The Quarterly of the Texas State Historical Association, Volume 8, July 1904 - April, 1905 Page: 307
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Municipal Government of San Fernando de Bexar. 307
far as the available records show, ever inherited any- office at San
Fernando during the eighteenth century.
The functions of the cabildo are, in the main, well defined al-
though the exact way in which the various duties devolving upon
it were apportioned among the members is not exactly clear. To
describe these functions, however, is a difficult task, since the
judicial, the executive, and the legislative powers vested in this
body are not clearly differentiated. The political hierarchy of the
Spanish government was headed by the king, and included in a
descending series, arranged in order of importance, the viceroy of
Nueva Espafia, the general commandant of the Provincias Internas,
the governor of Texas,- and finally the cabildo itself.2 The
cabildo was practically restricted to carrying out the orders of the
higher authorities. The Spanish cabildo was charged with the
politico-economic government of the settlements under its control."
According to Moses this was "the care of the public health and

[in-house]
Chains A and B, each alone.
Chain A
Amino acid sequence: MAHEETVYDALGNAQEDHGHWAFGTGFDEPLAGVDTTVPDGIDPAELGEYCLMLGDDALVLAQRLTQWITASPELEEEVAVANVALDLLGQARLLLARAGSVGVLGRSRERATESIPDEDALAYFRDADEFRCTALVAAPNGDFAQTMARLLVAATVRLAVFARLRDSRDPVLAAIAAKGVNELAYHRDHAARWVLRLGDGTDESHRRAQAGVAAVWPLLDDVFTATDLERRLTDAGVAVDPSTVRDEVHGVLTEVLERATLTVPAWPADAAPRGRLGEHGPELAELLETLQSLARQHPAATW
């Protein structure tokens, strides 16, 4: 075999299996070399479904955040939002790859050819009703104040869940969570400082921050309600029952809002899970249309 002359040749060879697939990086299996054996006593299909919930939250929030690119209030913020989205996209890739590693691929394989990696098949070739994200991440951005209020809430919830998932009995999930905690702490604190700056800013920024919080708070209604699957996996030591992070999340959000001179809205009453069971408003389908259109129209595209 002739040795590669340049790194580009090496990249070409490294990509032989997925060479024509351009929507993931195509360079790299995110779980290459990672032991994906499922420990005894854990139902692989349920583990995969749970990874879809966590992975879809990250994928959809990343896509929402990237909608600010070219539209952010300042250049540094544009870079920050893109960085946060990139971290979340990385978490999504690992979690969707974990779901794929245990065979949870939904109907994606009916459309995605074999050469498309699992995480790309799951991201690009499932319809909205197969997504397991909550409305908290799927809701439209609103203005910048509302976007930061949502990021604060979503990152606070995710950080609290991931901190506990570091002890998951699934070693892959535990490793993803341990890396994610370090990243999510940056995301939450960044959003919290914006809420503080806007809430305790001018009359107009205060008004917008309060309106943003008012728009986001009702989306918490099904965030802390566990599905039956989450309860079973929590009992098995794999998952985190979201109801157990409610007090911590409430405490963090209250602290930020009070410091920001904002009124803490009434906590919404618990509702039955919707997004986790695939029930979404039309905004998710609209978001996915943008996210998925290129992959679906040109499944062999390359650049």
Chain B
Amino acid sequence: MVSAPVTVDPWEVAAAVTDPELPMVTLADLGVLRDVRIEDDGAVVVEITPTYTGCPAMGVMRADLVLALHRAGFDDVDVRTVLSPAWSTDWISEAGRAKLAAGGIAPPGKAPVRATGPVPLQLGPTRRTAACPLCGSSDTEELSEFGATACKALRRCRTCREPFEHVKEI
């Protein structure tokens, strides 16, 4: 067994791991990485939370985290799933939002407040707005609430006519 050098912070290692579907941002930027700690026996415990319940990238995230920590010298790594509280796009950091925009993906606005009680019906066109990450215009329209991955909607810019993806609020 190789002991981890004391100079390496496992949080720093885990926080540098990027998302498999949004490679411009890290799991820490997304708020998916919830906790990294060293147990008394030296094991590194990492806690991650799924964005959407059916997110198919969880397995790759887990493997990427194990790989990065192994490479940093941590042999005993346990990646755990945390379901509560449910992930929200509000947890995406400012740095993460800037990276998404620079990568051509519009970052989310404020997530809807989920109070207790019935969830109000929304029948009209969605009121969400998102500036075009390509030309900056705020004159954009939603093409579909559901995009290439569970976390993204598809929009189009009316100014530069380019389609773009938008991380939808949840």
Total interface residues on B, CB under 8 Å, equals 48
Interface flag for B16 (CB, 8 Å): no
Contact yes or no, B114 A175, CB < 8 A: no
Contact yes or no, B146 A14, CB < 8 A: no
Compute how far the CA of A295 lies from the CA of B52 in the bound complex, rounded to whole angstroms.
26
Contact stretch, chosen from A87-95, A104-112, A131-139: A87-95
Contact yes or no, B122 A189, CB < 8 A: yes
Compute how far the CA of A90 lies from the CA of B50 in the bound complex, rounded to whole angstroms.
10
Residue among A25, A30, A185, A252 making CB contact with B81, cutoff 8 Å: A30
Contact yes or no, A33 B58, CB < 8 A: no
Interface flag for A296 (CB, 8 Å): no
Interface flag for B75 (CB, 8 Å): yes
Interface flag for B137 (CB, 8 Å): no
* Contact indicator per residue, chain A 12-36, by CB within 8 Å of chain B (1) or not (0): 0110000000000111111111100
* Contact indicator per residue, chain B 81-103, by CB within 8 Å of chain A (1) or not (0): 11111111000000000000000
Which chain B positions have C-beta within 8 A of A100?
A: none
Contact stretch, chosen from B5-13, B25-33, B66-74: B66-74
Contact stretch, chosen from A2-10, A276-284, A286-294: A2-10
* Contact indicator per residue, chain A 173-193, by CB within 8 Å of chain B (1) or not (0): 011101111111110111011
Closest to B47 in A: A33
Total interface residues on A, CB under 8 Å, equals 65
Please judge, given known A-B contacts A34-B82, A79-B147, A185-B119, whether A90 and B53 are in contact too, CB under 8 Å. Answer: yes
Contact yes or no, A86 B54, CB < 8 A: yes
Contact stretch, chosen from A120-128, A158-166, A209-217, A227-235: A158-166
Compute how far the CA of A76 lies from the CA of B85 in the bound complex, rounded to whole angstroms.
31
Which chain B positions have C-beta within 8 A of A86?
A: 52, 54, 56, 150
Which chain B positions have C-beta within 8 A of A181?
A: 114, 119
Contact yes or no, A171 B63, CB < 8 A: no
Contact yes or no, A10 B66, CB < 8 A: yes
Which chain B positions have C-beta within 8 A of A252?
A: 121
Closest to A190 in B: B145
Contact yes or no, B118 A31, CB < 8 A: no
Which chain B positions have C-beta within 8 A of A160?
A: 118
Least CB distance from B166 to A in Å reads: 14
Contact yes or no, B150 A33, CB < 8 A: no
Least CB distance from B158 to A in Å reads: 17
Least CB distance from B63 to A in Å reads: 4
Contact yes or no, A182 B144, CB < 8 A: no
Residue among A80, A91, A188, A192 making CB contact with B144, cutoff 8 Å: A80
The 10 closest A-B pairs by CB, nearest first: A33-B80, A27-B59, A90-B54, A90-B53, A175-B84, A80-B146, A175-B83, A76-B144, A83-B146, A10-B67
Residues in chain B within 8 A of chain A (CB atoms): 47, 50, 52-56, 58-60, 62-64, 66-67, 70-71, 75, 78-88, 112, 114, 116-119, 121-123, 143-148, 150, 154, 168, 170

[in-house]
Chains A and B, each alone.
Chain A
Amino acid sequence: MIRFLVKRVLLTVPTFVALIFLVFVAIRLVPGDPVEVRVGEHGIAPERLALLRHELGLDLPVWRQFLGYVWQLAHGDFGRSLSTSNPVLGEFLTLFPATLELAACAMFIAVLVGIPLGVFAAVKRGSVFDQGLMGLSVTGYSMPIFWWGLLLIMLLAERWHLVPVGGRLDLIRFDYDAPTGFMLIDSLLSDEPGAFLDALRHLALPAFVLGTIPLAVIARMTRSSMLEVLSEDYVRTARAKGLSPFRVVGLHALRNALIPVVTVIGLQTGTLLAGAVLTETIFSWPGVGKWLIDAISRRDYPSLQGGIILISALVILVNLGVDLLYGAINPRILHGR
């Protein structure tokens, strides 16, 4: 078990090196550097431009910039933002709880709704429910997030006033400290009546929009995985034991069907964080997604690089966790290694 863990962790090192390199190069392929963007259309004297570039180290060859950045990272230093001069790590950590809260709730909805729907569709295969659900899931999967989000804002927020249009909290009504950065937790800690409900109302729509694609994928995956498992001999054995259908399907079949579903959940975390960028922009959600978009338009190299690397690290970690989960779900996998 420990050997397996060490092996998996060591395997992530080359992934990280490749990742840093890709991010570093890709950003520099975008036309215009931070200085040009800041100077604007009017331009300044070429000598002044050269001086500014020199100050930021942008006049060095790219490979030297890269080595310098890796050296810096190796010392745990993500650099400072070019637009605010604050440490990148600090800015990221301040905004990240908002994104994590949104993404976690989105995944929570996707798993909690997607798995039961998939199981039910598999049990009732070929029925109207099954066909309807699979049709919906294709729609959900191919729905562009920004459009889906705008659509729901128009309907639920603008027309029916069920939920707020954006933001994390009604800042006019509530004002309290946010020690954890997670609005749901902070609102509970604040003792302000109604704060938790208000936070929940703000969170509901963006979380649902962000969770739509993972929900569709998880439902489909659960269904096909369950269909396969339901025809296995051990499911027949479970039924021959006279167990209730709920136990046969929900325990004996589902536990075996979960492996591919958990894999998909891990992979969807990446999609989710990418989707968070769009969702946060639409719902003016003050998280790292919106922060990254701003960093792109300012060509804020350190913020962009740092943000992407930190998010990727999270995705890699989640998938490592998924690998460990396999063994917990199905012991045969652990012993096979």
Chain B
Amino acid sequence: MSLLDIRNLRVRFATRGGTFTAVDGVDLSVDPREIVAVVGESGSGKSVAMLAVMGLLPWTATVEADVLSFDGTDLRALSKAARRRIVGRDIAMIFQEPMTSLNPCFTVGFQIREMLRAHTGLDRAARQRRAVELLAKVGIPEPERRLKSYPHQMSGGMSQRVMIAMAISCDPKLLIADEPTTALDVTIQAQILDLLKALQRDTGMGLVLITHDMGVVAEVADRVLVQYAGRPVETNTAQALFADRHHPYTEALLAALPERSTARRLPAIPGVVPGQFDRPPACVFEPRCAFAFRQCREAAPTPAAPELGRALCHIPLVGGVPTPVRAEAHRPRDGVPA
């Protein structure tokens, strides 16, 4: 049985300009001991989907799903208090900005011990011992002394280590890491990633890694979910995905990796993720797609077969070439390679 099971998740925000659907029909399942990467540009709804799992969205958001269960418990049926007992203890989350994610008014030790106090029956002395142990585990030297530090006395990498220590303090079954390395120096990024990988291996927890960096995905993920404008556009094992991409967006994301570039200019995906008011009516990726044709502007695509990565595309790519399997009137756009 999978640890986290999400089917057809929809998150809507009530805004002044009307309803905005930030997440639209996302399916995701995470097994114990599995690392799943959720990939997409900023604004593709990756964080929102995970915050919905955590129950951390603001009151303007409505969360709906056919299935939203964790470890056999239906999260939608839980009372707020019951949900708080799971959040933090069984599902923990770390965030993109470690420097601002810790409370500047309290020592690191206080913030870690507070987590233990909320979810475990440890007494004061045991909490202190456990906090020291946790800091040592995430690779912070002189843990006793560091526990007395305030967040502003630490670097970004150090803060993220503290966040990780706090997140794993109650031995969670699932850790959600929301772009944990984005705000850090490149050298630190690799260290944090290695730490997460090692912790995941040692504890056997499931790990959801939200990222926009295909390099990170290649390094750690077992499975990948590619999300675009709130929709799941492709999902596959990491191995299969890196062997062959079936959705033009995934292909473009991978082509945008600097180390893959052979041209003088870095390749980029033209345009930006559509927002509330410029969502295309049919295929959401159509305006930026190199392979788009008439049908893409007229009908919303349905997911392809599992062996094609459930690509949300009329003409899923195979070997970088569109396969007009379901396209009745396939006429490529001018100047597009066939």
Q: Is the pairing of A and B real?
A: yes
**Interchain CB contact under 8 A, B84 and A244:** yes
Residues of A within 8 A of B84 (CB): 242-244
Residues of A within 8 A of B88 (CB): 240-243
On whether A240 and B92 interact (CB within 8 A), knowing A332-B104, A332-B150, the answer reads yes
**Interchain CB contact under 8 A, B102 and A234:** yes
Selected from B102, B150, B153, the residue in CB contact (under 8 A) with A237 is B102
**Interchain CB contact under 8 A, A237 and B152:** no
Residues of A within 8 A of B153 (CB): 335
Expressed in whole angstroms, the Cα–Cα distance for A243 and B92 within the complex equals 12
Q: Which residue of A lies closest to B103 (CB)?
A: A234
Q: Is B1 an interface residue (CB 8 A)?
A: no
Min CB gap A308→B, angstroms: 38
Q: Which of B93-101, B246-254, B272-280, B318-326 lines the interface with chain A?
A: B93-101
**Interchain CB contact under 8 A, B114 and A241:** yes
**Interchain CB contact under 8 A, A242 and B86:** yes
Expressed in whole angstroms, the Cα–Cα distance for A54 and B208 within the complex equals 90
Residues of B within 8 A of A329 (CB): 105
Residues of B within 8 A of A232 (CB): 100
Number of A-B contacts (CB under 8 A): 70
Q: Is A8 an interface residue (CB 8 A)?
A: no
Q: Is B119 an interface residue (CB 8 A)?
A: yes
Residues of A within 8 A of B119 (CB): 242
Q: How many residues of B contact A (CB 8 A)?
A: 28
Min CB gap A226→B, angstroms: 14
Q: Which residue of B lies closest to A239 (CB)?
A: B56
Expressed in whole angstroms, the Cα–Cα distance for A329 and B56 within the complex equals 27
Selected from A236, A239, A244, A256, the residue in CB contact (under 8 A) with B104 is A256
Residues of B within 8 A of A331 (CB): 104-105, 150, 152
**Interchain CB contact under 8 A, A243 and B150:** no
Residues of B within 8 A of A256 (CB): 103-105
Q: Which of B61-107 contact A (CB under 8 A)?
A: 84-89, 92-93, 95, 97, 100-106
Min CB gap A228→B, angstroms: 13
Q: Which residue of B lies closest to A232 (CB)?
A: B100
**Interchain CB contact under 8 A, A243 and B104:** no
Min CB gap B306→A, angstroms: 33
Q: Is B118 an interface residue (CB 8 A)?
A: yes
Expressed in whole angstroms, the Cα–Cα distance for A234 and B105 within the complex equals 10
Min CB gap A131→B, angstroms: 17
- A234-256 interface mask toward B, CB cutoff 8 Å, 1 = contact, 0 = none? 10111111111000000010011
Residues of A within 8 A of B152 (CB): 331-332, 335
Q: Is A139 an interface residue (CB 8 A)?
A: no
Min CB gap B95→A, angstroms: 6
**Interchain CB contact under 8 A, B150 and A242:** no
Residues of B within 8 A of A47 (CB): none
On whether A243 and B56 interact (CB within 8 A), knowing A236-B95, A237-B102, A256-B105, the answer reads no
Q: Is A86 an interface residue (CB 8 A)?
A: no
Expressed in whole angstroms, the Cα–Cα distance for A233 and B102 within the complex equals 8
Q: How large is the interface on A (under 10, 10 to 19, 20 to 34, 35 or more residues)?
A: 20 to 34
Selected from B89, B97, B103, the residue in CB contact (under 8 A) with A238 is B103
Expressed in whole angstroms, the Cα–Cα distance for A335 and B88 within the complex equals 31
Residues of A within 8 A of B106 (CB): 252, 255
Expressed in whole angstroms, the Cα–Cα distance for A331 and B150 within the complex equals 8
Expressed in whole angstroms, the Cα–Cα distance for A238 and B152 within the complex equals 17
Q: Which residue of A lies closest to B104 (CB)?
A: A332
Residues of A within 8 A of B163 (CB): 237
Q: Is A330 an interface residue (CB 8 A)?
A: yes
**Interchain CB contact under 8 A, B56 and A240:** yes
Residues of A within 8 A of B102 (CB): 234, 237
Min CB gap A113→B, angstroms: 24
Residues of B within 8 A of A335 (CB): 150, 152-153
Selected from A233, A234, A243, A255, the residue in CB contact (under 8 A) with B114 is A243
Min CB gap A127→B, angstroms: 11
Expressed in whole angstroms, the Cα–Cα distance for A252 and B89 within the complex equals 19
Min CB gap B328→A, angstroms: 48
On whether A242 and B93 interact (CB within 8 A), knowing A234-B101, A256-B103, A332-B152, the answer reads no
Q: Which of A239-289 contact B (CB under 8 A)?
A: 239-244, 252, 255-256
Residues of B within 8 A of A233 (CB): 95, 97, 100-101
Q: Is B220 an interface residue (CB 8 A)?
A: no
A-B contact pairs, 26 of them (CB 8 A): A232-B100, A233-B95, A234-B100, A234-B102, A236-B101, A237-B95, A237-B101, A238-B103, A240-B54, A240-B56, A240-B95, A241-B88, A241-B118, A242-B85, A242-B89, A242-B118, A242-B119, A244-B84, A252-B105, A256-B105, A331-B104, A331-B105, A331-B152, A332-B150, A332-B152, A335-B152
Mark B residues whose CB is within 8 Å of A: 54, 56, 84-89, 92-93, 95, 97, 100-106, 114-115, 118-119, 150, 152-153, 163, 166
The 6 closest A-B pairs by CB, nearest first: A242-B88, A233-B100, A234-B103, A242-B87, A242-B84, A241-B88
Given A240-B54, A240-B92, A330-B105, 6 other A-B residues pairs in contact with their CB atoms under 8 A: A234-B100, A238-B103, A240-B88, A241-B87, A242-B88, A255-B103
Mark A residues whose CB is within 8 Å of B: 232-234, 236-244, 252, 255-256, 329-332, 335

accommodations, to watch over prisons, hospitals, and benevolent
institutions that are not of private foundation, primary schools
sustained by public funds, the construction and repair of bridges,
highways, and roads, the raising and expenditure of public moneys
from taxes, licenses, and the rents of municipal property; to pro-
mote the advancement of agriculture, industry, and commerce,
and to assist the alcalde in the preservation of peace and public
order among the inhabitants."4 The duties of the cabildo of
For the first suggestion of the government yet found that offices should
be sold, which was made in 1812, see Expediente Mandado Formar etc.,
'The justicia mayor of the villa of San Fernando, and its jurisdiction,
who was likewise captain of the presidio of Bexar, should perhaps be
enumerated in this series. But since I have had available so little ma-
terial concerning the nature of his jurisdiction, and his relation to the
governor and the cabildo his name has been omitted.
'In taking the oath of office, the cabildo of San Fernando promised
obedience to all these authorities. (Report of election, January 1, 1780,
3Escriche, Diccionario lazonado de Legislacion y Jurisprudencia, under
Moses, The Establishment of Municipal Government in San Francisco,
page 16, in Johns Hopkins University Studies in Historical and Political
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Texas State Historical Association. The Quarterly of the Texas State Historical Association, Volume 8, July 1904 - April, 1905, periodical, 1905; Austin, Texas. (texashistory.unt.edu/ark:/67531/metapth101033/m1/314/: accessed January 19, 2018), University of North Texas Libraries, The Portal to Texas History, texashistory.unt.edu; crediting Texas State Historical Association.